Date of Award


Degree Type


Degree Name

Doctor of Philosophy (PhD)


Biomedical and Chemical Engineering


James Henderson

Second Advisor

Sandra Hewett


Although biomaterials surface modification and smart materials science are heavily studied areas, the interface of the two has received substantially less investigation. Without this fundamental understanding, progress in biomaterials science at the interface of cells and dynamic functional materials will be hindered, preventing innovation in diverse biomedical applications. Thus, the goal of this dissertation is to acquire a fundamental understanding on the dynamic effects of shape-memory polymer (SMP) activation on biopolymer surface coatings, and to explore the potential biomedical application of this novel, material platform. To better understand the synergistic effects of surface modification and dynamic, shape memory activation, the work in this dissertation involves coating the surface of a thermo-responsive SMP with silk fibroin (SF) surface coatings. These two biomaterials are appropriately combined such that SMPs undergo heat-induced contraction to enable the SF coatings to buckle into a wrinkled state, resulting in SMP-triggered silk wrinkled surface topographies. The design rationale, processing, and application focused characterization of the SF-SMP material platform is investigated in both two-dimensional (2D) and three-dimensional (3D) materials systems. First, this dissertation describes the development of the SF-SMP wrinkling platform under dry and physiologically relevant conditions (cell-compatible), and how its wrinkling characteristics (e.g., wavelength and amplitude) are affected by SMP strain magnitude, film thickness, shape recovery temperature, and cell culture medium. We envision these biopolymer wrinkled surfaces to have potential application in cell mechanobiology, wound healing, and tissue engineering. Next, this dissertation, describes the extent towards translating the SF-SMP wrinkling system to complex, biomimetic and bioinspired 3D architectures. A simple experimental method was designed to create tunable silk wrinkled surfaces on porous, shape-memory log-pile scaffolds. We envision this will serve as a potential strategy for engineering biomimetic cellular microenvironments that can progress understanding and regulation of cell-material interaction in developing tissue engineered constructs. Then, we explore the potential biomedical application of the SF-SMP wrinkling platform in the second half of the dissertation. To determine the potential antifouling properties of the SMP-triggered silk wrinkled surfaces, we investigated the effects of the mechanically actuated silk wrinkling approach on bacterial biofilm formation. We determined the extent to which the silk wrinkle wavelengths and amplitude would reduce or prevent biofilm formation; and the extent to which silk wrinkling of a 3D material platform would affect the formation of biofilms. To determine the feasibility of the silk wrinkled topographies to be useful to serve as an appropriate material platform for guided peripheral nerve regeneration, we created a topographical functionalized nerve guidance conduits (NGCs) that consists of intraluminal micro- and nano-scale silk wrinkles. Here we determined the effects of the wrinkled topographical features on neuronal viability, neuronal adhesion, neurite outgrowth, and neuronal alignment. Ultimately, by investigating this novel material combination, it will enable us to develop new, bioinspired material platforms for optimized surface properties and cell surface interactions; thus, advancing the biomaterials science field and enabling innovation in various biomedical applications.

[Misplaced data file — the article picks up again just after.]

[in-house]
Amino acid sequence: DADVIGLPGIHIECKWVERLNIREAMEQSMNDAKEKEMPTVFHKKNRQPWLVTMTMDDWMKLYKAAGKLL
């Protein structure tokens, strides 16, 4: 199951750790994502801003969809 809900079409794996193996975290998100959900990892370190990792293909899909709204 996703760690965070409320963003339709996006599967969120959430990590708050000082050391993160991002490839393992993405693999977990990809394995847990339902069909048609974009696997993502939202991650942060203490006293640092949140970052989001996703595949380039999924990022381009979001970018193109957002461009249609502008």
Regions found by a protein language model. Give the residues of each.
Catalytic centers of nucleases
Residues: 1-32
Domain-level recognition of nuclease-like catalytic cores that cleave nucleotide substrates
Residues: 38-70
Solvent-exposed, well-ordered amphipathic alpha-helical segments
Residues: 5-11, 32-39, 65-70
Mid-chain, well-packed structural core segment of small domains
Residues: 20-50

Open Access

Available for download on Saturday, June 14, 2025